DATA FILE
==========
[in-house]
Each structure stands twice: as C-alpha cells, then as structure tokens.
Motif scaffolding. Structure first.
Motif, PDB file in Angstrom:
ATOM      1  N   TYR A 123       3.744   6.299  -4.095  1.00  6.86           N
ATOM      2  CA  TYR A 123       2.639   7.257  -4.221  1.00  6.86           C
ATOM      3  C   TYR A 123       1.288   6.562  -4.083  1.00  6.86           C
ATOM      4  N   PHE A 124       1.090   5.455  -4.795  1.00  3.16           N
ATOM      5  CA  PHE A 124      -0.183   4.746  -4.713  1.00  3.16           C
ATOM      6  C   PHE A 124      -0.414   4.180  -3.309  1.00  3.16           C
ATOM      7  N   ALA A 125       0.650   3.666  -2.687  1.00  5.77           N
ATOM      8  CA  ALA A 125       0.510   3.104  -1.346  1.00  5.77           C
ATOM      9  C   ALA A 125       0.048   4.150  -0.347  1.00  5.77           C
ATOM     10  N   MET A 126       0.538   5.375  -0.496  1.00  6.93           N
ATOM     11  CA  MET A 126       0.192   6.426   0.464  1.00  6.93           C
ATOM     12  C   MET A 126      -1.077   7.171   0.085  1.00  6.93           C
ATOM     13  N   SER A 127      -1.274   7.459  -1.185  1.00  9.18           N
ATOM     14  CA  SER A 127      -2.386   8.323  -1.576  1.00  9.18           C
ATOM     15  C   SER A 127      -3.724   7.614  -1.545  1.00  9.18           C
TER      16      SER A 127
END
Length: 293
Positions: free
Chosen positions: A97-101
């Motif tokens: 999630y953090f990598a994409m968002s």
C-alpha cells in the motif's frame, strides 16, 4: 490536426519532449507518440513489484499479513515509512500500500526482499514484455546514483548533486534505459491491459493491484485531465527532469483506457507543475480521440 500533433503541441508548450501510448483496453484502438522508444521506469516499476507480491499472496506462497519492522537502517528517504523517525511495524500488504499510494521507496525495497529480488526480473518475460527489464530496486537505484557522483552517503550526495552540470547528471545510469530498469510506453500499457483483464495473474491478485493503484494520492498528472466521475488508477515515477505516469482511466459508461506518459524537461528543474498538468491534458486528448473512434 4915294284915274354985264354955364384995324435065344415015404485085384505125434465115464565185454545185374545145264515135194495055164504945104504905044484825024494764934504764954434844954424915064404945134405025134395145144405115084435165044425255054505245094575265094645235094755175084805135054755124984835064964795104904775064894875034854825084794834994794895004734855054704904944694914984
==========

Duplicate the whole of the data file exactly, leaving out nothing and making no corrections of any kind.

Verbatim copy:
[in-house]
Each structure stands twice: as C-alpha cells, then as structure tokens.
Motif scaffolding. Structure first.
Motif, PDB file in Angstrom:
ATOM      1  N   TYR A 123       3.744   6.299  -4.095  1.00  6.86           N
ATOM      2  CA  TYR A 123       2.639   7.257  -4.221  1.00  6.86           C
ATOM      3  C   TYR A 123       1.288   6.562  -4.083  1.00  6.86           C
ATOM      4  N   PHE A 124       1.090   5.455  -4.795  1.00  3.16           N
ATOM      5  CA  PHE A 124      -0.183   4.746  -4.713  1.00  3.16           C
ATOM      6  C   PHE A 124      -0.414   4.180  -3.309  1.00  3.16           C
ATOM      7  N   ALA A 125       0.650   3.666  -2.687  1.00  5.77           N
ATOM      8  CA  ALA A 125       0.510   3.104  -1.346  1.00  5.77           C
ATOM      9  C   ALA A 125       0.048   4.150  -0.347  1.00  5.77           C
ATOM     10  N   MET A 126       0.538   5.375  -0.496  1.00  6.93           N
ATOM     11  CA  MET A 126       0.192   6.426   0.464  1.00  6.93           C
ATOM     12  C   MET A 126      -1.077   7.171   0.085  1.00  6.93           C
ATOM     13  N   SER A 127      -1.274   7.459  -1.185  1.00  9.18           N
ATOM     14  CA  SER A 127      -2.386   8.323  -1.576  1.00  9.18           C
ATOM     15  C   SER A 127      -3.724   7.614  -1.545  1.00  9.18           C
TER      16      SER A 127
END
Length: 293
Positions: free
Chosen positions: A97-101
């Motif tokens: 999630y953090f990598a994409m968002s």
C-alpha cells in the motif's frame, strides 16, 4: 490536426519532449507518440513489484499479513515509512500500500526482499514484455546514483548533486534505459491491459493491484485531465527532469483506457507543475480521440 500533433503541441508548450501510448483496453484502438522508444521506469516499476507480491499472496506462497519492522537502517528517504523517525511495524500488504499510494521507496525495497529480488526480473518475460527489464530496486537505484557522483552517503550526495552540470547528471545510469530498469510506453500499457483483464495473474491478485493503484494520492498528472466521475488508477515515477505516469482511466459508461506518459524537461528543474498538468491534458486528448473512434 4915294284915274354985264354955364384995324435065344415015404485085384505125434465115464565185454545185374545145264515135194495055164504945104504905044484825024494764934504764954434844954424915064404945134405025134395145144405115084435165044425255054505245094575265094645235094755175084805135054755124984835064964795104904775064894875034854825084794834994794895004734855054704904944694914984